Gergesa: Sea of Galilee

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Gergesa.

The reader of the Gospels is faced with a complex textual and topographical challenge in identifying the location of Jesus' encounter with the demoniac “on the other side opposite Galilee” (Mt 8:28-34; Mk 5:1-17; Lk 8:26-37). 
 In spite of the strong textual witnesses for either Gadara or Gerasa, geographers struggle with these settings because of the topographical problems they present. According to all of the accounts, Jesus' encounter followed a boat ride from Capernaum, during which there was a sudden and violent storm (Mt. 8:23-27; Mk. 7:35-41; Lk 8:22-25). Afterwards, Jesus and his disciples arrived to their destination, which is additionally described by Mark and Matthew as “the other side [of the sea]” (Mt. 8:28; Mk.. 5:1). Typically in the New Testament “the other side” describes the northeast side of the lake opposite Capernaum and Gennesaret. In fact, on one occasion, Mark uses this same language and further specifies, “the other side, to Bethsaida” (Mk. 6:45).  Matthew and Mark's identification of the region corresponds to Luke's regional description, “opposite Galilee” (Lk 8:26).  
 Quite simply, neither Gadara nor Gerasa fit the description presented by the Gospels for the destination of Jesus' journey. Gadara (=Umm Qeis), the capital of a toparchy, was about six miles southeast of the Sea of Galilee, Gerasa (=Jerash, a city of Perea) about thirty-three miles. At such remote distances from the lake, these cities are not suitable candidates for the point of destination of a crossing of the Sea of Galilee from Capernaum. 
 It should be quickly added that the region of Gadara may likely have reached the southern shores of the lake. Coins of Gadara in the Roman period depict naval battles, suggesting that the district of Gadara extended to the lakeshore, where theatrical sea battles called “Naumachia” were held (e.g. Dio Cass. 43.23; Suet. Jul. 39; Suet. Aug. 43; Tac. Ann. 12.56, 14.15). During a drought in the 1980s, the low water level of the Sea of Galilee allowed investigation along the shoreline, which had been inundated in modern times because of a modern dam. Sixteen first-century harbors were identified around the lake, including that of Gadara near Tell Samara on the southeastern shore of the Sea of Galilee. 
 The discovery of Gadara's harbor supports the statement of Josephus that the region of Gadara extended along the southern shores of the Sea of Galilee to the point where the Jordan River exited the lake on its southwestern end. The Jordan River north of the Sea of Galilee and its southern exit from the lake were points of demarcation for the eastern frontier of the region of Galilee: “[Justus] went out, and set the villages that belonged to Gadara and Hippus on fire; which villages were situated on the borders of Tiberias, and of the region of Scythopolis” (Life 42).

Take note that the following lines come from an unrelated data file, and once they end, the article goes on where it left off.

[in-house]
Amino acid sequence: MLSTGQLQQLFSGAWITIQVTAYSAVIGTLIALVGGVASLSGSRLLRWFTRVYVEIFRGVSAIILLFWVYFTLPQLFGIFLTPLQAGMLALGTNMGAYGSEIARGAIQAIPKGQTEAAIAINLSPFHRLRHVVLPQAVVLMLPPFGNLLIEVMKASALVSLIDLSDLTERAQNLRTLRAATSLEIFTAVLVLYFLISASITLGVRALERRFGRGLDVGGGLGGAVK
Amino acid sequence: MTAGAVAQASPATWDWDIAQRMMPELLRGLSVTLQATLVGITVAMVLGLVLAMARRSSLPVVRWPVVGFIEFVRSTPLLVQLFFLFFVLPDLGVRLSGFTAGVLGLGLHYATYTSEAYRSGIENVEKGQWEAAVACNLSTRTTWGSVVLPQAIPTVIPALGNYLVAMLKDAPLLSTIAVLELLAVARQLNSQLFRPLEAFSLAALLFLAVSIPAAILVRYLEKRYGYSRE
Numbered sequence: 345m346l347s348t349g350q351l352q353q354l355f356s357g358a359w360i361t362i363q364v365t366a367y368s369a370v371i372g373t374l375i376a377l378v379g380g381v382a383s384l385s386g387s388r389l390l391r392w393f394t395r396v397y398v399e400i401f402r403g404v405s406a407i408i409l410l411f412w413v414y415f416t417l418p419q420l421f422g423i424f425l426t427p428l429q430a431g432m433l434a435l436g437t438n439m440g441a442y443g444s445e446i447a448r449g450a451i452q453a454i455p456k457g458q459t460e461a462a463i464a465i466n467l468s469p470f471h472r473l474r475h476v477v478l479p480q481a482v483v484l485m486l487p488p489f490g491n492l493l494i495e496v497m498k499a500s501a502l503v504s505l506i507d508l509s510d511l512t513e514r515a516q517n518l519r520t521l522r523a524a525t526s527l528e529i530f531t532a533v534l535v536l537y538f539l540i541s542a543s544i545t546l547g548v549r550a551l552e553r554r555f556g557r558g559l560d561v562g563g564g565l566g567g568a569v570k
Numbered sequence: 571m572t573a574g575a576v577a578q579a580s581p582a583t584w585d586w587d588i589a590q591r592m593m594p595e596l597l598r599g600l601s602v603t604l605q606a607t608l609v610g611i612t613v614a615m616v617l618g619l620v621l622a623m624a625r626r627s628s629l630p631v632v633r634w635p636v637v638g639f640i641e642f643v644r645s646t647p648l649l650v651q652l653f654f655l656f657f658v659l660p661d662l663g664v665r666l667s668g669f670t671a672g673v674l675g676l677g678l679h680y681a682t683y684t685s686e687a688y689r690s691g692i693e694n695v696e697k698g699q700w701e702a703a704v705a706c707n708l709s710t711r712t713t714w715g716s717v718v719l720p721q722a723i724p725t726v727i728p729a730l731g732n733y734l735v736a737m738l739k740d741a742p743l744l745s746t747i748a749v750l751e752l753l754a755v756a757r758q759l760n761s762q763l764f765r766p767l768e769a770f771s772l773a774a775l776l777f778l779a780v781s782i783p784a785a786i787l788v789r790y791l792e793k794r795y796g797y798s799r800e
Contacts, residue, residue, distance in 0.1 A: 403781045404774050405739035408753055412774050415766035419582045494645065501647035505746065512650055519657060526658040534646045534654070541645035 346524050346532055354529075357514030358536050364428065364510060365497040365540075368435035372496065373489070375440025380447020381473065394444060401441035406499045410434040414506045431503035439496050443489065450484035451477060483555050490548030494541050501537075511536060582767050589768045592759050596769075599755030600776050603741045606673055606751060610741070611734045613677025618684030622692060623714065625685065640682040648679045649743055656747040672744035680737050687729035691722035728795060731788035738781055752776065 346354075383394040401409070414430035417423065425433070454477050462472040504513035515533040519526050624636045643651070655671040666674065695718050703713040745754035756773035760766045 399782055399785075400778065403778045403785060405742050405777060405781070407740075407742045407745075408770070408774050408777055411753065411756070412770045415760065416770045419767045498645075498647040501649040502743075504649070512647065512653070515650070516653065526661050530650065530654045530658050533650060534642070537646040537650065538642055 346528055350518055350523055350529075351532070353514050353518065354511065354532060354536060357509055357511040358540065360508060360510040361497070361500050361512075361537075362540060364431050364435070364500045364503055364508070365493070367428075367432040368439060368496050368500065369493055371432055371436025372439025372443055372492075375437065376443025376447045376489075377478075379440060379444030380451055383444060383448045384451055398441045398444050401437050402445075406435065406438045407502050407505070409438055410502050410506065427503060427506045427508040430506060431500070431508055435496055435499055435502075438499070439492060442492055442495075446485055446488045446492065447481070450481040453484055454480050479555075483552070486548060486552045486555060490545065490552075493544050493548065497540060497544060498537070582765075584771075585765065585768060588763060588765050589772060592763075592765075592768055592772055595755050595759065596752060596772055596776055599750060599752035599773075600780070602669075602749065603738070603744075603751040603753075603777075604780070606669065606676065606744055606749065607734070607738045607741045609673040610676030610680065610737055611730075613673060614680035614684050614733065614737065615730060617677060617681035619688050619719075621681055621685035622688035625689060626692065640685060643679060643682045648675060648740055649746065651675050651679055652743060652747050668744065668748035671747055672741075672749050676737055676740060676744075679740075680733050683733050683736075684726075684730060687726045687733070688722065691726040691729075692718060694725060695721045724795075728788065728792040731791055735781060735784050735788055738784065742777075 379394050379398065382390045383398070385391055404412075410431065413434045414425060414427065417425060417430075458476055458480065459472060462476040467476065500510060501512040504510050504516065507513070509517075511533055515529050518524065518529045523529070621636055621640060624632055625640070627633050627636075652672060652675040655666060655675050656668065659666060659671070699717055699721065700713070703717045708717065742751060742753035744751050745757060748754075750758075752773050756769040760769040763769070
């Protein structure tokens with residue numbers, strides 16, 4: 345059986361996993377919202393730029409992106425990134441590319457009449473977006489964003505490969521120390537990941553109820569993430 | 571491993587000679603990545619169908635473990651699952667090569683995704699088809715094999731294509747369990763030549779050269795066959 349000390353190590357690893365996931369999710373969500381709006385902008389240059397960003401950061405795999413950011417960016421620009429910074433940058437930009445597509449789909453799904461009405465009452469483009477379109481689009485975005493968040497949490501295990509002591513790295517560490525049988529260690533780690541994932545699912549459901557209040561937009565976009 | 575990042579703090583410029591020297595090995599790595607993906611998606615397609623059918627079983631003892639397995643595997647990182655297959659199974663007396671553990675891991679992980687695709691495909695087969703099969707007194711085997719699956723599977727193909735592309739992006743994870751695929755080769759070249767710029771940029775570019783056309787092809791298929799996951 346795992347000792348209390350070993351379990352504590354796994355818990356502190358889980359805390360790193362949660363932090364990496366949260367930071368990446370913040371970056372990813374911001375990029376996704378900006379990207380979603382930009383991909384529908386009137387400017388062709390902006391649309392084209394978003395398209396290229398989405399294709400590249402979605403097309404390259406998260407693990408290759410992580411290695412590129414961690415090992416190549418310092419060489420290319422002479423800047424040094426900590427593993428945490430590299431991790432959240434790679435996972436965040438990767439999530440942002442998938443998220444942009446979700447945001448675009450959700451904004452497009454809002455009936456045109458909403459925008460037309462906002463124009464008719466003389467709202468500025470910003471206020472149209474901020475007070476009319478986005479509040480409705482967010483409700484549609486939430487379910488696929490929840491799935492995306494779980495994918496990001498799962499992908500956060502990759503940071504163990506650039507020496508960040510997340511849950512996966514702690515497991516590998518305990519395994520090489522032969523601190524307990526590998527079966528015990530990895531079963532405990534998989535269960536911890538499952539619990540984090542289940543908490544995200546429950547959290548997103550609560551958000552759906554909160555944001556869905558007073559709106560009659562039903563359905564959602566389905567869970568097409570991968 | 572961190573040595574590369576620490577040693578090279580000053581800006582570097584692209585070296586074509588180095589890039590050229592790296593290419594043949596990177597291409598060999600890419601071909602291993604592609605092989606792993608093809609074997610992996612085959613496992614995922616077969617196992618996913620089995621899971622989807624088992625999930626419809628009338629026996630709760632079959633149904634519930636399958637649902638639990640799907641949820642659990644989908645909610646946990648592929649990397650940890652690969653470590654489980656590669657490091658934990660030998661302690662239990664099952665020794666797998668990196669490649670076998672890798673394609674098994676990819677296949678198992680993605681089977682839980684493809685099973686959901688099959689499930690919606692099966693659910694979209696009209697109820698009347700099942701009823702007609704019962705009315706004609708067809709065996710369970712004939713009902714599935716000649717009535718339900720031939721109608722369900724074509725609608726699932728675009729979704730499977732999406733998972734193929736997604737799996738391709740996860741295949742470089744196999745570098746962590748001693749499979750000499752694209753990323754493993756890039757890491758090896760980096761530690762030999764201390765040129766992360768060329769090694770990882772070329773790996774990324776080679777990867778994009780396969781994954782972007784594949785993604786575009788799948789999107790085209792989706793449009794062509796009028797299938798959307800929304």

Mention of Tiberias should not be read “lake of Tiberias” (i.e. War 3:57) but the capital of Galilee, as it appears in the following lines of Josephus' narrative (Life 43). The appearance of the city, similar to the mention of Scythopolis, is intended to signal the region about the city, in this instance Galilee. The historian's use of the region of Gadara to mark the limits of Galilee parallels a similar use of Gadara in his description of the borders of Galilee: 
“On the south the country is bounded by Samaria and the territory of Scythopolis up to the waters of Jordan; on the east by the territory of Hippus, Gadara and Gaulanitis, the frontier-line of Agrippa's kingdom.” (War 3:37) 
 Nevertheless, while the toparchy of Gadara extended to the shores of the Sea of Galilee, its position was too far south for the event described in the Gospels.  
 In the investigation of the harbor of Gadara a large tower on the shoreline was discovered, which may have marked the northern frontiers of the city's territory. The limits of Gadara's shoreline are important, because there are no nearby slopes reaching the lake included in the region of Gadara that would fit the topographical description portrayed in the Gospel accounts: “The herd (of swine) rushed down the steep bank into the lake and were drowned” (Lk. 8:33; cf. Mt. 8:32; Mk. 5:13).